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1 Hinduism’s Approach to Sexuality Dr Asavari Herwadkar MD Date: 23.07.2014.

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Presentation on theme: "1 Hinduism’s Approach to Sexuality Dr Asavari Herwadkar MD Date: 23.07.2014."— Presentation transcript:

1 1 Hinduism’s Approach to Sexuality Dr Asavari Herwadkar MD Date: 23.07.2014

2 2 Hinduism’s approach to sexuality 1.What is Hinduism ? 2.References from Hindu text with relevance to present times – inclusivity 3.Way forward

3 3

4 4 The Hindu notion of the divine is unique. Its given form and not restricted to a singular idea – there are gods and goddesses who are individually pieces of a puzzle called God

5 “Oldest religion“ and third largest in the world… But it is not exactly a religion! Supreme Court of India : “ Unlike other religions in the World, the Hindu religion does not claim any one Prophet, it does not worship any one God, it does not believe in any one philosophic concept, it does not follow any one act of religious rites or performances; in fact, it does not satisfy the traditional features of a religion or creed… … i t is a way of life and nothing more ” 5 Hinduism is…

6 Subjective … allowing for individual perspective & interpretation 6 Basic essence of Hinduism is… every individual atma (soul) should realize and find the ultimate truth (Parmatma/ Source/ God) in their own unique way… across different rebirths… the physical life and the individual atma (soul) realize ultimate truth… circle of life and death gets over as soul becomes one with source Hinduism is (cont’d)…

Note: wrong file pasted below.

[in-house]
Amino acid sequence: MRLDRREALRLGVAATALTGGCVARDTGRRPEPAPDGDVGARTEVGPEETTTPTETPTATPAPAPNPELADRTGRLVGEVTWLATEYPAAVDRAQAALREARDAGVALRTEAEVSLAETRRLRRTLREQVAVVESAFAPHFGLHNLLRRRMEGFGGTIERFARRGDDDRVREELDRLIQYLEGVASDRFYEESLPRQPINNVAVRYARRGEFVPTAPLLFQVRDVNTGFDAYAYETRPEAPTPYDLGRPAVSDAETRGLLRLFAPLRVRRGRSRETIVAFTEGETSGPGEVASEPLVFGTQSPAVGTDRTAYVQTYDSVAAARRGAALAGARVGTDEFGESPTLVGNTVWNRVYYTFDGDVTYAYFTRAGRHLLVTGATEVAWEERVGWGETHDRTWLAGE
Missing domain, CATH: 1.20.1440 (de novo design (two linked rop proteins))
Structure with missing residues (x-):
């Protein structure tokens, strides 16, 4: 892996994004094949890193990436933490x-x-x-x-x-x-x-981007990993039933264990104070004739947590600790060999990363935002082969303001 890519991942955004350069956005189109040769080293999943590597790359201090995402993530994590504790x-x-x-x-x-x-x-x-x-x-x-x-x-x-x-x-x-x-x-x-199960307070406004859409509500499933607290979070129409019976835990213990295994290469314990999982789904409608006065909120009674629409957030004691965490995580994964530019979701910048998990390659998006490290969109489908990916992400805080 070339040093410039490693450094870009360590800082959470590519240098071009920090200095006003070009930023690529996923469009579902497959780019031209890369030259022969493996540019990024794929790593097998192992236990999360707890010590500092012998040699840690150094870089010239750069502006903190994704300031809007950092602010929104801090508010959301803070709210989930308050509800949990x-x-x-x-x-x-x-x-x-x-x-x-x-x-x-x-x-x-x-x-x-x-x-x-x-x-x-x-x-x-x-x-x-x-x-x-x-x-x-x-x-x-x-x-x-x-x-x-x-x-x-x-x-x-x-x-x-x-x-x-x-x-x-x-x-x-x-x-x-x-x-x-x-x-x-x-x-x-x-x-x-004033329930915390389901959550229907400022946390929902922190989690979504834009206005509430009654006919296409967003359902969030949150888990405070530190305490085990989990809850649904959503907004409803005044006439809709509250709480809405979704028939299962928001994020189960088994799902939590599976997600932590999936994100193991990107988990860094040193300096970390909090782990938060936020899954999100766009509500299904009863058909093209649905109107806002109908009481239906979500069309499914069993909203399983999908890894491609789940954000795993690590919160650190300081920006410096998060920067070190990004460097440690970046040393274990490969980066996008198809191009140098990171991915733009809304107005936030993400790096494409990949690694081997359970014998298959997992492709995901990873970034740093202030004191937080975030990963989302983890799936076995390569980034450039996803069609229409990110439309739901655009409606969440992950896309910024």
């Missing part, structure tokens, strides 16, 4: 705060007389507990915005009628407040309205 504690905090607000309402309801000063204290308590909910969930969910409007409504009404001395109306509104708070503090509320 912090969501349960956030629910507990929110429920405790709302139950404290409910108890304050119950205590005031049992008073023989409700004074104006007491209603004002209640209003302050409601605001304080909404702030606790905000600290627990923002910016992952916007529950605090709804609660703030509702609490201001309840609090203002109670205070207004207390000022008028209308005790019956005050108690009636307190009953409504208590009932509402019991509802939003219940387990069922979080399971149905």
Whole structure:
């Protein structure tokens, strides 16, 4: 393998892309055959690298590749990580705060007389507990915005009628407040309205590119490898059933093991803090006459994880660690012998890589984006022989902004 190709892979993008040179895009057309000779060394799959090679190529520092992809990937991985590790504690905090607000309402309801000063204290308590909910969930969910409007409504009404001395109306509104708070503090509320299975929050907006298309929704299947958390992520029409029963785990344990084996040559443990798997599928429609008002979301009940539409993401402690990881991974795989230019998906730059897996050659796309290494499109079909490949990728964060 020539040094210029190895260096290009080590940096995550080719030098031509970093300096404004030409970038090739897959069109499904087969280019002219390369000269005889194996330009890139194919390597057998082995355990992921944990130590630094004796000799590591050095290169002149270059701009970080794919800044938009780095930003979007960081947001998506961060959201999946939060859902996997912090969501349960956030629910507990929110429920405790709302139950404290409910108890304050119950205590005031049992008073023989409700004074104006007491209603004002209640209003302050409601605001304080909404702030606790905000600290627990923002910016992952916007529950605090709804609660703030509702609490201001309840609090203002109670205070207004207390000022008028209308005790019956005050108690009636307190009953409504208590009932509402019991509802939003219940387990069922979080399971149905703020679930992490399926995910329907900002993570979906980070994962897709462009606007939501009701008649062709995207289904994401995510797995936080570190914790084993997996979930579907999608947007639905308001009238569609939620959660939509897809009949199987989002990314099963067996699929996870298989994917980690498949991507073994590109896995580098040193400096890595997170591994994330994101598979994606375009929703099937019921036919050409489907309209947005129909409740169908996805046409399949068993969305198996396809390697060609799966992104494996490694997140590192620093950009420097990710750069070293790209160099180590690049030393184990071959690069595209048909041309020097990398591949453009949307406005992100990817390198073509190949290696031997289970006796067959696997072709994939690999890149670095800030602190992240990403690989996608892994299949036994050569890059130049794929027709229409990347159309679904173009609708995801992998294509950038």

7 7 …tradition of many bodies Sthula Sharira GROSS BODY (Physical Body) Linga Sharira SUBTLE BODY (Mind and emotions) Karana Sharira CAUSAL BODY (Samskara – Karma) Atma SOUL Atma SOUL Ultimate source remains constant Unfulfilled desires/aspirations of previous life… … carried forward in next birth Sphere of life & existence in Hinduism

8 8 Features of Hinduism Hindu mythology uses gender as a vehicle to communicate metaphysics In Hinduism, love is regarded as an eternal force. It is seen as devotion between two people, whether romantic or platonic. Hindus believe love and devotion are important in attaining Moksha or Liberation from the cycle of rebirths. Erotic desire or Kama in Hinduism was deemed as one of the most legitimate pleasures on earth (thus accounting for the vast numbers of erotic treatises, poetry and sensuous sculptures of ancient India

9 Trinity – Divine in feminine form Brahma Creator –Saraswati knowledge Vishnu-sustainer – Laxmi wealth Shiva destroyer – Shakti power 9 Hinduism and women …